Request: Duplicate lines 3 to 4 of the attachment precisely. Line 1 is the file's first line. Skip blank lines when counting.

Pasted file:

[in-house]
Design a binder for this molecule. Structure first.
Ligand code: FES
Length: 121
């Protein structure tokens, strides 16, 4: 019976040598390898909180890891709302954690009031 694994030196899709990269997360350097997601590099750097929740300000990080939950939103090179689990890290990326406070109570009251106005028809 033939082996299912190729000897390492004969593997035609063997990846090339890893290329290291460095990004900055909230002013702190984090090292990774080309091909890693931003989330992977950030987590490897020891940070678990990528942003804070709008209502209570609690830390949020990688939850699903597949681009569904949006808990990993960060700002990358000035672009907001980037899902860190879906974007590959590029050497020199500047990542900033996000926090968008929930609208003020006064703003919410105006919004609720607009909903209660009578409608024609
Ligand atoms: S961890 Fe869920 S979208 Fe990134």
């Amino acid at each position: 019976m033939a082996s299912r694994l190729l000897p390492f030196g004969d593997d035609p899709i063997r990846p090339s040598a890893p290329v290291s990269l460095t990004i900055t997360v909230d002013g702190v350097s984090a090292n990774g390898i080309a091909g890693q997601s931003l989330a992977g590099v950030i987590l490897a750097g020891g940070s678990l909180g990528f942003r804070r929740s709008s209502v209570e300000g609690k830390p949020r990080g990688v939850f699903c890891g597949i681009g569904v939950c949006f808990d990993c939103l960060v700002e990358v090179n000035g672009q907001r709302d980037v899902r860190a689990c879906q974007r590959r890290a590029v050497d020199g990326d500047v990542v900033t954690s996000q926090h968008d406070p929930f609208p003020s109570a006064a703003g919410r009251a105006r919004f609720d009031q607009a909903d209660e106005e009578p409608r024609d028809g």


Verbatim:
Ligand code: FES
Length: 121